What does localism mean for farmers?

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There’s a word that’s coming up a lot lately in regards to dealing with how covi19 pandemic affects the farming industry. It’s not new for those who care about sustainable farming, but it may be for the general public.

The world is localism. There are those who say that localism is the way of the future for farming food systems in general and there’s a case to be made that they are right. As is often the case, one change won’t be enough but it’s a good place to start.

What is it?

The first thing to deal with is the definition itself. That’s always a tricky question to answer since it can mean different things to different people but for small time farmers localism is mostly about knowing where your food comes from and where does the labor and the resource needed for it do.

That can’t always be accomplished to its entirety since farming is a complicated and complex work and you may end up going beyond your local community for resources. However, it should have been the goal to strive for.

Less things to go wrong

There are fewer things to go wrong with localized farms. That means that there’s less chance for the system as a whole to break down due to the problem with one of its parts. The pandemic has shown that a problem with distribution happening across the world can have a damaging impact on the consumer right here at home.

Having less moving parts involved in the machinery of providing food means that you can fix problems faster when they arise and that you can avoid them in a lot of instances as well. It’s important to have in mind that no system is fault proof.

Less carbon footprint

The carbon footprint added by agricultural industry isn’t always about food production. In a lot of cases it’s about delivering food and the resources needed for agricultural production from one place to another. This is reduced when the farms are run and supplied locally and sometimes it’s reduced to bare essentials.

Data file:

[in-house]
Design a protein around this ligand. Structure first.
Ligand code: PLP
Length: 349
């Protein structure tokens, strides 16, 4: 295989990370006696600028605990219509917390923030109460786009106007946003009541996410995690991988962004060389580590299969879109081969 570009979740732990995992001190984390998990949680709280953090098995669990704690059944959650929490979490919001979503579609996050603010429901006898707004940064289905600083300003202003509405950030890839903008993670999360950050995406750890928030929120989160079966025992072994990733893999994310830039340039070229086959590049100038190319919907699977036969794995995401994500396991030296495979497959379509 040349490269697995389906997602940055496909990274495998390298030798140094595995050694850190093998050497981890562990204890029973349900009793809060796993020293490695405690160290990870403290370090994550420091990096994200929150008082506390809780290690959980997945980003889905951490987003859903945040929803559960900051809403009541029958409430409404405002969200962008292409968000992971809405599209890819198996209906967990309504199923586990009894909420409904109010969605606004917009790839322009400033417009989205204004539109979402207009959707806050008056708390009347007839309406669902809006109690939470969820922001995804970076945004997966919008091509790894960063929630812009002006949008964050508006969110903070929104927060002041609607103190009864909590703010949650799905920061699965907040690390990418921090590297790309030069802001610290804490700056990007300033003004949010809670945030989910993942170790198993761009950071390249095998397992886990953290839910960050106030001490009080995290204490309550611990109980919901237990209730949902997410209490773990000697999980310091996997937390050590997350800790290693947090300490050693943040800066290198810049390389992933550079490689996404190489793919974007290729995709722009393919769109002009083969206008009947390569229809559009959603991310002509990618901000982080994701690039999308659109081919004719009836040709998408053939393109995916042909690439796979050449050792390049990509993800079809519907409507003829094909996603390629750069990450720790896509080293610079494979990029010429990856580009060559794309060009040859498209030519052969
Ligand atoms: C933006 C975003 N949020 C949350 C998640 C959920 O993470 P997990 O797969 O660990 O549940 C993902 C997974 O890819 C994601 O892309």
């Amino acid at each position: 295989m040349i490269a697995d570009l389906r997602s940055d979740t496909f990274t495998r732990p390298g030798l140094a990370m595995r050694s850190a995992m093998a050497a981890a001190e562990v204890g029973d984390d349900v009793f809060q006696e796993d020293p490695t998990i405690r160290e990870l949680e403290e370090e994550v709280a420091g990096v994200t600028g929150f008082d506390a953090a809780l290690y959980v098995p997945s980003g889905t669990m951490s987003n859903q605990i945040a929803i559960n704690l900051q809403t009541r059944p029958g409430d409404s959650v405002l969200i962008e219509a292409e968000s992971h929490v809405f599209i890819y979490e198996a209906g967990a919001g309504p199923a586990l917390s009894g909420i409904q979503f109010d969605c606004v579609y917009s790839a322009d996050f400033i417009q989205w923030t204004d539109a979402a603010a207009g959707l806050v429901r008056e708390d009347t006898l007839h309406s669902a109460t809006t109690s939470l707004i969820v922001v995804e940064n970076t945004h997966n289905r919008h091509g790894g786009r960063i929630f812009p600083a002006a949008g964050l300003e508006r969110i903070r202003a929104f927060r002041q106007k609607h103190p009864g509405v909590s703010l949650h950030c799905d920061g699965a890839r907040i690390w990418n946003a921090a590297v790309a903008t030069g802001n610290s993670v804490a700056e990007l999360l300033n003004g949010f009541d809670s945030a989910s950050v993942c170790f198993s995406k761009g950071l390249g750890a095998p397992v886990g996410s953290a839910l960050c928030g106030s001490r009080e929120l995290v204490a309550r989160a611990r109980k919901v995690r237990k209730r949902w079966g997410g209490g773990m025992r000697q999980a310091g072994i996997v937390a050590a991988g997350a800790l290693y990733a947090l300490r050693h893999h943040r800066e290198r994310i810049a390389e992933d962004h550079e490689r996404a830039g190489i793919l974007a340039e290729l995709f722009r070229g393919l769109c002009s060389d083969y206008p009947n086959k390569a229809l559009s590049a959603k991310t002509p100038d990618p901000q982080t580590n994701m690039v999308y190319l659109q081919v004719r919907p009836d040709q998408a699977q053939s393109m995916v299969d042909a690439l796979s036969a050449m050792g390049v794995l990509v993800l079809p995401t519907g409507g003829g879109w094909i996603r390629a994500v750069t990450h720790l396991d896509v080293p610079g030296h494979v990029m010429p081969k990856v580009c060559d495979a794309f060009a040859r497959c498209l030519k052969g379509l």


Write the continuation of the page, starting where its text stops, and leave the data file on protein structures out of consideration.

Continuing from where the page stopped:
This can also lead to having a somewhat reduced choice as to what kind of vegetable and produce you can buy. This isn’t the way we’re used to and it will take some time until it becomes the new normal.

Branding

Branding is a different type of endeavor for local farmers in comparison to large companies. That’s because most of your branding efforts should be focused on the community and becoming a part of it. This takes time and can’t be done as aggressively as is the case with most businesses.

There are advantages and disadvantages of being branded as local community oriented business. First of all, it’s a friendlier environment and one that doesn’t require that much funding to penetrate. On the other hand, building a reputation within a local community takes a longer time.

The governmental role

An important facet of all this is how the government will respond to the move towards localism in farming. The government isn’t really made for local initiatives, but for broad and sweeping action. At this point there are actions made by the government oriented towards farm but few or none of it will go towards local farms and farming markets.

Some of this aid is in a form of a tax cut and some is in direct help towards the farmer. It’s mostly seen as something not suited for small farms since their work isn’t disrupted as much as others are. It’s a mistake and one that needs to be fixed in due time.

The future

There will be a change in how our food is produced and delivered. It will take a change on the part of the consumer, businesses, and the infrastructure. It’s not easy to say what those changes will entail. A part of that is localism but that can’t be the only approach to take.

That’s why the localism should be on your mind but only as a part of the bigger picture that will strive towards a more sustainable and eco-friendly agriculture, that’s better for the small businesses in the industry.

Conclusion

Localism is the term that’s often used to describe the practice that will improve agriculture and food systems, especially in these difficult times. It’s about making sure that your produce and your food in general is sourced locally. This is better both for the environment and the stability of the food delivery system.

This isn’t to say that localism is the only thing to do to improve the environment and to create sustainable practices. However, it’s a start and it’s also helpful in cases such as the disruption we’re seeing now due to the covid19 epidemic.

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